It has become increasingly evident that inadequate sterilization at Porter Adventist may have exposed patients to Hepatitis and HIV. The Colorado Department of Public Health and Environment (“CDPHE”) is investigating “a significant health breach” at Porter Adventist. Patients who underwent orthopedic or spine surgery at Porter Adventist between July, 2016, and April, 2018, may have been exposed to Hepatitis B, Hepatitis C, HIV, and other bacterial and viral infections.
Inadequate Sterilization at Porter Adventist
The investigation comes after Porter Adventist found surgical instruments used for orthopedic and spine surgeries were not cleaned properly. The issue involved the process of manually cleaning debris from instruments following surgery. According to the Centers for Disease Control and Prevention, sterilization destroys microorganisms (bacteria, viruses, fungi) on the surfaces of instruments that come in contact with body tissues and fluids. It is critical to properly sterilize surgical instruments to prevent infection and the transmission of diseases from patient to patient. The importance of proper cleaning cannot be overemphasized as organic material, soil, and debris can block the sterilizing agent from making complete contact with the surface of an instrument.
According to a statement by Dr. Larry Wolk, Executive Director of CDPHE, “[t]he process for cleaning surgical instruments following orthopedic and spine surgeries was found to be inadequate, which may have compromised the sterilization of the instruments.” The process is like rinsing off a plate before it is placed in the dishwater. If food is stuck on the plate, it will not be fully cleaned during the wash cycle.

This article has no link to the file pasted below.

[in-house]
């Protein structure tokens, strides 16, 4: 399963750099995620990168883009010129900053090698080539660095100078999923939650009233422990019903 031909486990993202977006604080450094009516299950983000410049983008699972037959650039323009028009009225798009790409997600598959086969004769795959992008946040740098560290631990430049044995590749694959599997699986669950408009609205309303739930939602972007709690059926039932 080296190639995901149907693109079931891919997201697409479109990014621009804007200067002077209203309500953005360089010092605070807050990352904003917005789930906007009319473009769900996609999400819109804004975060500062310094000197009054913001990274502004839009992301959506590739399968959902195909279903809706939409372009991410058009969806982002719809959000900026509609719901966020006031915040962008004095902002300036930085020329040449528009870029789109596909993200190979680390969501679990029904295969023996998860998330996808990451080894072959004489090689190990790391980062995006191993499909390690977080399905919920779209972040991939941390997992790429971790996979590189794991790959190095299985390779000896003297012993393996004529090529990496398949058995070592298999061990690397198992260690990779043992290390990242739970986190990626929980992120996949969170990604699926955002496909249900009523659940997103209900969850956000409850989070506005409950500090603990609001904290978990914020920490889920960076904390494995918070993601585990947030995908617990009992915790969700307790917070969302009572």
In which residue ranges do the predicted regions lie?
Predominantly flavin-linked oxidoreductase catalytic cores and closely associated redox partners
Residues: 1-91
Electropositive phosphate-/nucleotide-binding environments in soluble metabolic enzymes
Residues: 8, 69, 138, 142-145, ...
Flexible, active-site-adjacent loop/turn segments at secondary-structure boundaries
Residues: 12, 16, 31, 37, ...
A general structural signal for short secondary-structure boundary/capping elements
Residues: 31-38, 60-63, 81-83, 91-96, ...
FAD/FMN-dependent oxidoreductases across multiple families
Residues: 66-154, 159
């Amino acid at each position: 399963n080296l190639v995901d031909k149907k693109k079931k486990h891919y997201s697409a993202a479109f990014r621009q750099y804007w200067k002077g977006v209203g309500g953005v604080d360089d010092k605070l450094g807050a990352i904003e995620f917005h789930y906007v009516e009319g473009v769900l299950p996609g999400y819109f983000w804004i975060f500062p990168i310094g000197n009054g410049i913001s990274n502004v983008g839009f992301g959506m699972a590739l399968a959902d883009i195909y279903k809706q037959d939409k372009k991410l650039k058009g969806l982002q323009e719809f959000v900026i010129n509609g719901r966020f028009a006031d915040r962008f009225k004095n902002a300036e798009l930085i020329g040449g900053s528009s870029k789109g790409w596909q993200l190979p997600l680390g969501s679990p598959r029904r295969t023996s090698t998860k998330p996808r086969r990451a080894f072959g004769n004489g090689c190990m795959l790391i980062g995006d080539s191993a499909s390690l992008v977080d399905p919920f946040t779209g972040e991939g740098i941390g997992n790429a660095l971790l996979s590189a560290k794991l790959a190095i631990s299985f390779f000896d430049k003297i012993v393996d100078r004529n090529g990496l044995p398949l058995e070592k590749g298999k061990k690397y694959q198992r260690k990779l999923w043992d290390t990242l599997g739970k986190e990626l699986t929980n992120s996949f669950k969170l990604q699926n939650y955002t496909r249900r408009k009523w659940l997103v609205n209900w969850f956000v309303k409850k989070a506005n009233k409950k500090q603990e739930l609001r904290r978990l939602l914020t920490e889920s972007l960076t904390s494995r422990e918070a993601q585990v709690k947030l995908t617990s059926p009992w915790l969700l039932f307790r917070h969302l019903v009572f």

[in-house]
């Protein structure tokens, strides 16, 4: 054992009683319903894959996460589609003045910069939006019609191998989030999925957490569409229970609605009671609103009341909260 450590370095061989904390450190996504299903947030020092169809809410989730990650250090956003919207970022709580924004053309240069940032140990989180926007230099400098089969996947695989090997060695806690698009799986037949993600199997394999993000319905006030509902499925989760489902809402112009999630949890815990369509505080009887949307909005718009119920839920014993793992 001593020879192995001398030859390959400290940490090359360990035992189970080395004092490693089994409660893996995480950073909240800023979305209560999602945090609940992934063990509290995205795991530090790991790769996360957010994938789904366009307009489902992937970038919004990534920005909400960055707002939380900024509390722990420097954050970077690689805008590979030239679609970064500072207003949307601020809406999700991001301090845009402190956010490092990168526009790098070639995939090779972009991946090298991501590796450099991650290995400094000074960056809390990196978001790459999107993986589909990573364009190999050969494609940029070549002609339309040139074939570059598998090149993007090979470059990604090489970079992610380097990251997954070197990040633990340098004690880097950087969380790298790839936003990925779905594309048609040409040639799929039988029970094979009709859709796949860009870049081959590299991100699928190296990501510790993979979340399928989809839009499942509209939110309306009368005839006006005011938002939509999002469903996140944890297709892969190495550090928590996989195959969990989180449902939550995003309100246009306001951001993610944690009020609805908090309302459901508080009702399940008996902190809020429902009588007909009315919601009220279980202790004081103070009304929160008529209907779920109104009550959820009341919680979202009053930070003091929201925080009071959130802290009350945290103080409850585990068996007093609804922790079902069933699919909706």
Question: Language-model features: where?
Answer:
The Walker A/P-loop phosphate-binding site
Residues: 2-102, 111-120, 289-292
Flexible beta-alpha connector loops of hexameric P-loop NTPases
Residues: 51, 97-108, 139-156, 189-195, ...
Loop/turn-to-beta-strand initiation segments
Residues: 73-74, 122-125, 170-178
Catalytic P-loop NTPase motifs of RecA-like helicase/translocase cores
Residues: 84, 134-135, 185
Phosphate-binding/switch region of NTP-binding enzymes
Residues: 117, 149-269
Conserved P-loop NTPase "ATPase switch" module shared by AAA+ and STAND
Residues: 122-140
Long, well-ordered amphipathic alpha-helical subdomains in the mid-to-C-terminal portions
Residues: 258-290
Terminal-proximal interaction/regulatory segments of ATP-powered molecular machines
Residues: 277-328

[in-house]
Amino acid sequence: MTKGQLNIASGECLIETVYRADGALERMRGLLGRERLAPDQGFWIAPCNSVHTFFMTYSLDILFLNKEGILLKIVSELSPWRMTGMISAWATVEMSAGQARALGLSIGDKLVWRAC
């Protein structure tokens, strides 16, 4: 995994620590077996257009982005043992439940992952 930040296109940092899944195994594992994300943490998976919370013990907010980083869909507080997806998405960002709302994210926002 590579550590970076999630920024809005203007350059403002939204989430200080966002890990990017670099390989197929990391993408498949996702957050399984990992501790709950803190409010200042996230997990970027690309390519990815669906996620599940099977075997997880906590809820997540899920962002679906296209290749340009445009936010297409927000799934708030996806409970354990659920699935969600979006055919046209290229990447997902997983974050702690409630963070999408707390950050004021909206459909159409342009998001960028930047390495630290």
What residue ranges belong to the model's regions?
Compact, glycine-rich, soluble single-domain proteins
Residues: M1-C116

Porter Adventist Responds to Breach
The instruments in question were put out of use and reprocessed on February 20, 2018. In an abundance of caution, Porter Adventist mailed letters to patients who may have been affected by the breach. Porter Adventist shared information about infections and offered potential victims the opportunity to be tested for free with LapCorp. The hospital voluntarily closed its operating rooms on April 5, 2018.
While the CDPHE is not aware of any patient infections related to the breach, a disease control investigation remains ongoing. According to the Denver Post, Porter Adventist is “one of [Colorado’s] busiest hospitals for orthopedic surgeries.” Since the breach, neither the hospital nor the CDPHE has released the number of surgeries for the period in question. The hospital resumed surgeries on a limited schedule on April 12, 2018, after instituting a number of recommended changes.
Contact a Denver Personal Injury Lawyer
The prospect of undergoing surgery is frightening. It should not be made worse by concerns of negligence by hospitals. Yet, as demonstrated in the recent events at Porter Adventist, routine surgeries can turn into an even worse situation if a hospital neglects the most basic element of hospital safety, the use of sterile surgical instruments. Patients who underwent orthopedic or spinal surgery between July, 2016, and April, 2018, may have been exposed to Hepatis B, Hepatis C, HIV, and other bacterial and viral infections. Moreover, the risk could also threaten loved ones. Porter Adventist may be responsible for the consequences of their breach.
The Denver personal injury lawyers at Bowman & Chamberlain, LLC, urges anyone who underwent orthopedic or spinal surgeries at Porter Adventist from July, 2016, through April, 2018, to get tested for infectious diseases. If you have been injured due to the inadequate sterilization at Porter Adventist, we urge you to contact the Denver personal injury lawyers at Bowman & Chamberlain, LLC, at 720-863-6904. Our firm is actively investigating these cases and would be happy to discuss legal recourse if you have been infected